Now, certainly, the film on its own is quite good. The pacing has been harshly judged, and I admit there's a lull in the center where it seems Vanko, Stark, and Rhodey are all working on building new hardware and the plot is going nowhere. Still, I think it's more than what can be expected of such a film, which might have to do with Jon Favreau's direction (the guy's fantastic). The story is fine for what it is: Tony screws up, then he gets better. He's still in the middle of his journey that he began in the first film, where he's realizing that it's not all about him. Perhaps that will be his arc in the Avengers film, where the egotistical Stark realizes that he must come together with others to fight a threat that not one of them could take on alone.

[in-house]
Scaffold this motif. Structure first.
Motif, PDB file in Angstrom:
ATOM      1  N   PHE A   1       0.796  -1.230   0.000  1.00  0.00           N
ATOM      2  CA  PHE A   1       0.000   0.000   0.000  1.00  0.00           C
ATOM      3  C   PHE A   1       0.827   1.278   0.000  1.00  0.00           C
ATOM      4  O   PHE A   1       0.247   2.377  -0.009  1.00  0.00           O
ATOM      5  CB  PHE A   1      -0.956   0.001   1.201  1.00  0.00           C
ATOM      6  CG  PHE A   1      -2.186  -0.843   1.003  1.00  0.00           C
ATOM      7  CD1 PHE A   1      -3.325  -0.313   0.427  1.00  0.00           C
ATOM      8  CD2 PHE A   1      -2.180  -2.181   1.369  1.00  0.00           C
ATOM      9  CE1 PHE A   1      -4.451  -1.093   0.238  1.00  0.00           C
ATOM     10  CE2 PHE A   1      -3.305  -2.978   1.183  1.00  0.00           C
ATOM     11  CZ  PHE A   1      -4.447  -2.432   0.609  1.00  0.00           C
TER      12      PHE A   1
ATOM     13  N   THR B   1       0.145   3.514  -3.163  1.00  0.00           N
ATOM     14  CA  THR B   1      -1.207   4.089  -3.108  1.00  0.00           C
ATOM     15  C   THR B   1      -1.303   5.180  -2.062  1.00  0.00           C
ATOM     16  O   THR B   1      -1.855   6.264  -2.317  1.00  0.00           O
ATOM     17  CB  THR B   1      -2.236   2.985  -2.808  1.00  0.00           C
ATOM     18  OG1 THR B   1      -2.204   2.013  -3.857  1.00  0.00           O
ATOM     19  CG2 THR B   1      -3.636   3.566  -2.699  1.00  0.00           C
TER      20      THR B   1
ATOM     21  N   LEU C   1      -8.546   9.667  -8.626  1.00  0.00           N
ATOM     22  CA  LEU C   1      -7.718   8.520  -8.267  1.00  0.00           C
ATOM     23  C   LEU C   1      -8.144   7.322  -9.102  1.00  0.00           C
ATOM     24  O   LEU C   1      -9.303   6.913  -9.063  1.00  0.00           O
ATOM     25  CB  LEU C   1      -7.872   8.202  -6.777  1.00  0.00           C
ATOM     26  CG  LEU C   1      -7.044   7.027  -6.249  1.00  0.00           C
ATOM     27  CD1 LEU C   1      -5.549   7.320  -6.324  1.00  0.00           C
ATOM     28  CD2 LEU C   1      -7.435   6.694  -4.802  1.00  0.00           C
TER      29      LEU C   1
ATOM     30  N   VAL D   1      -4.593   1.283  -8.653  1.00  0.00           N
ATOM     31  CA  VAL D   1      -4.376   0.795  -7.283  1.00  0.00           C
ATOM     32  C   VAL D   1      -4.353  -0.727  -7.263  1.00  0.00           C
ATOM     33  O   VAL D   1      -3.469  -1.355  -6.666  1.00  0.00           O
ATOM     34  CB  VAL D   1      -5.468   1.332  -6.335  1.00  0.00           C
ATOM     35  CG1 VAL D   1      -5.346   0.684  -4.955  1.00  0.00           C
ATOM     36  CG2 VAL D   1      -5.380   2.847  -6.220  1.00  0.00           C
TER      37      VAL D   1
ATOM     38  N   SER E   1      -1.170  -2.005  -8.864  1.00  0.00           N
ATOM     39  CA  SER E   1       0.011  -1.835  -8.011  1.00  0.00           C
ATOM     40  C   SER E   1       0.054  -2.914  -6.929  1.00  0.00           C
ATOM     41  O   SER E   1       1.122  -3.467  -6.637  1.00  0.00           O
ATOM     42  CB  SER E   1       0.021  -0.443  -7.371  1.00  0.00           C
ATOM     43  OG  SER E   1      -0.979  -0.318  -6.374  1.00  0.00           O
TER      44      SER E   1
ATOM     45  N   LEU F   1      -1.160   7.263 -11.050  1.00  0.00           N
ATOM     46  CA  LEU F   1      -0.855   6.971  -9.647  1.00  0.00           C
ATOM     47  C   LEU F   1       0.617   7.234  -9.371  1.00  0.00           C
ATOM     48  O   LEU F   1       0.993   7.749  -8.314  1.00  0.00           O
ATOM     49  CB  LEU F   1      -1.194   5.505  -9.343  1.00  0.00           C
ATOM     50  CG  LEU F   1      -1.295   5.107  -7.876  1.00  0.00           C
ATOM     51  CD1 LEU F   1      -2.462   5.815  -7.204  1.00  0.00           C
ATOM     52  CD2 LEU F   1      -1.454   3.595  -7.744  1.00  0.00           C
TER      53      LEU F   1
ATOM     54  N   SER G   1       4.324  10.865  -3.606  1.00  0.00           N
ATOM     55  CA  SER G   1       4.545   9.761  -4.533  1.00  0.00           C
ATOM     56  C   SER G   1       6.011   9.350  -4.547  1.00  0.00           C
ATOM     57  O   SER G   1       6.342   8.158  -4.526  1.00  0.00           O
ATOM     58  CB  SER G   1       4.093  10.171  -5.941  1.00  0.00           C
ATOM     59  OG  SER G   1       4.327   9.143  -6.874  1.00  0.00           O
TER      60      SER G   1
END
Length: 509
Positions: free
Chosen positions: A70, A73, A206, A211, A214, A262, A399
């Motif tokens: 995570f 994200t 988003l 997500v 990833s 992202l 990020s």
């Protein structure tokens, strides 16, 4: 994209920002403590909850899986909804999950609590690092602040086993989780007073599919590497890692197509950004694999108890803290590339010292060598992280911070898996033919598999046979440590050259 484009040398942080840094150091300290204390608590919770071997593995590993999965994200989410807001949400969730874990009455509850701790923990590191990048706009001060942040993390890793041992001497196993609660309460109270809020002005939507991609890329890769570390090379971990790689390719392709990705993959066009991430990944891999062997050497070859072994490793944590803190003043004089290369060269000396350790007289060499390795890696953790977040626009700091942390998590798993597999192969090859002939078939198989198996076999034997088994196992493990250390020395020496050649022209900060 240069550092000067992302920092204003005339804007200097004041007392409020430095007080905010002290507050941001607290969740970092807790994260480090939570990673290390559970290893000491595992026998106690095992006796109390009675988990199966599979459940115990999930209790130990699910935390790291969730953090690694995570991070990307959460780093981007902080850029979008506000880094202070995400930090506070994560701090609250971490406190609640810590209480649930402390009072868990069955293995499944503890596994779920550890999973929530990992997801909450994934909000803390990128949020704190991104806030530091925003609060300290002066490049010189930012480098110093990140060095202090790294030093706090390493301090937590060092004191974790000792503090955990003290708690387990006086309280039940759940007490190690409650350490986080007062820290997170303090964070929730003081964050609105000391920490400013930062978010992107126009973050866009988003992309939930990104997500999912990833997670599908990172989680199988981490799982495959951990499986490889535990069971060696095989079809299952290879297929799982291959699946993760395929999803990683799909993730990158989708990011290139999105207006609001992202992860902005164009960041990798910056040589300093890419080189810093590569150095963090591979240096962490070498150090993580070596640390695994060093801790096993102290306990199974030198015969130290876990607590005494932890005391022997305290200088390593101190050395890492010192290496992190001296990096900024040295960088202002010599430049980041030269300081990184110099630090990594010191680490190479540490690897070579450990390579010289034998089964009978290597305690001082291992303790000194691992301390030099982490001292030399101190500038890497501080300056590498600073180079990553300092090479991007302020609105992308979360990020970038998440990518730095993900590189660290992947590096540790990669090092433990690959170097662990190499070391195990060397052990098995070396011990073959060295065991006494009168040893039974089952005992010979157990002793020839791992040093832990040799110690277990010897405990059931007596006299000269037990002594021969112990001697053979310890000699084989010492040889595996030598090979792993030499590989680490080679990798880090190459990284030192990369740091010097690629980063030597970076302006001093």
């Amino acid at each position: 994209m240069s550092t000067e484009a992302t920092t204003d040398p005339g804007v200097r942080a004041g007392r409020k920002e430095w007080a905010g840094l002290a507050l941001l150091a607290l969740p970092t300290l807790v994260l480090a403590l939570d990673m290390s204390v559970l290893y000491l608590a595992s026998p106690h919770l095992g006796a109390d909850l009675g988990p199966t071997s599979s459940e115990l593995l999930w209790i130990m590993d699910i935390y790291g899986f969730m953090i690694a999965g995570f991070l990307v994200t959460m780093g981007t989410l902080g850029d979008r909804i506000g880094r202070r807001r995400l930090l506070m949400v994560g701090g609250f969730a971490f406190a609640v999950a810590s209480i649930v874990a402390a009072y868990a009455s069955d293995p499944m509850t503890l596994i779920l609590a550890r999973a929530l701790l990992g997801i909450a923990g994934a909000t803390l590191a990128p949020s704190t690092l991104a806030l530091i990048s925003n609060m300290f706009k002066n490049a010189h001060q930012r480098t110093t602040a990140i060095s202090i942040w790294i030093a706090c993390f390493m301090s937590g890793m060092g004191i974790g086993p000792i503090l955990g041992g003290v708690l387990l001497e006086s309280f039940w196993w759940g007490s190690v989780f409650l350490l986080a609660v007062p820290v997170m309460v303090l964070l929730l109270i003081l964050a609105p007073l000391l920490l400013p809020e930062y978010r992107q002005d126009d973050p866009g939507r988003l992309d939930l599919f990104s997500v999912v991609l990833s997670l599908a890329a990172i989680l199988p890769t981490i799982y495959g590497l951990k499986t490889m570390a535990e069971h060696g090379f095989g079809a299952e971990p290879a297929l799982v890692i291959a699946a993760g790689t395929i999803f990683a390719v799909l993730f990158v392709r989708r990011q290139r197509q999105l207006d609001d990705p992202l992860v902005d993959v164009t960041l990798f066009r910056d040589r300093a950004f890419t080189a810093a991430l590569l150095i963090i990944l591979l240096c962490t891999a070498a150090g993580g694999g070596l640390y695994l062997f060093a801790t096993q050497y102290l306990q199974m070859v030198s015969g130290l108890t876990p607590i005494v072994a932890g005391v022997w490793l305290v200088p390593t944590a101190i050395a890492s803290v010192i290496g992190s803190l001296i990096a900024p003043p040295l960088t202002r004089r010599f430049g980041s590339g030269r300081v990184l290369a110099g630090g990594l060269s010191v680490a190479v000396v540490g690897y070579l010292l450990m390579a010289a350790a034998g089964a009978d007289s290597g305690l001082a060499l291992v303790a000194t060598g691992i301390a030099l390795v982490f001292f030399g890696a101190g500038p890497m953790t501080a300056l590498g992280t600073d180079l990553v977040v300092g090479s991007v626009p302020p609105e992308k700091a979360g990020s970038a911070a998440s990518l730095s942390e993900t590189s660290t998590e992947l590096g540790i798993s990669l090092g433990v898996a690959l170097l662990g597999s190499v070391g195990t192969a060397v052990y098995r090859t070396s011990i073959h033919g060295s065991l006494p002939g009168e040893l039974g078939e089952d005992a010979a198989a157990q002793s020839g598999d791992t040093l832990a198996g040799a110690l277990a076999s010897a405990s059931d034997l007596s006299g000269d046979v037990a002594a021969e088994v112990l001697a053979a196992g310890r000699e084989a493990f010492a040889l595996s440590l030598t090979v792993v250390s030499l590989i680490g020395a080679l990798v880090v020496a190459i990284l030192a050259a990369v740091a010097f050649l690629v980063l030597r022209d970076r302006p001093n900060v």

For comic book connections, the movie seems to me to harken to the classic "Demon in a Bottle" storyline. In the comics, Stark struggles with alcoholism, and, while aside from one scene he isn't shown to be a total drunk, Tony still struggles with something perhaps more relatable: a mid-life crisis. He's turning over a new leaf, but his past, including his damaged heart, the sins of his father, and the way he's treated his friends, keeps coming back to haunt him. It's like he can't overcome the hurdle. There's even a nod to the "Armor Wars" storyline, wherein Stark attempts to stop those who have taken his technology and used it for less than noble means. Happy Hogan and Pepper Potts are both given larger roles, as is James Rhodes, all of whom are pretty much the entire Iron Man supporting cast.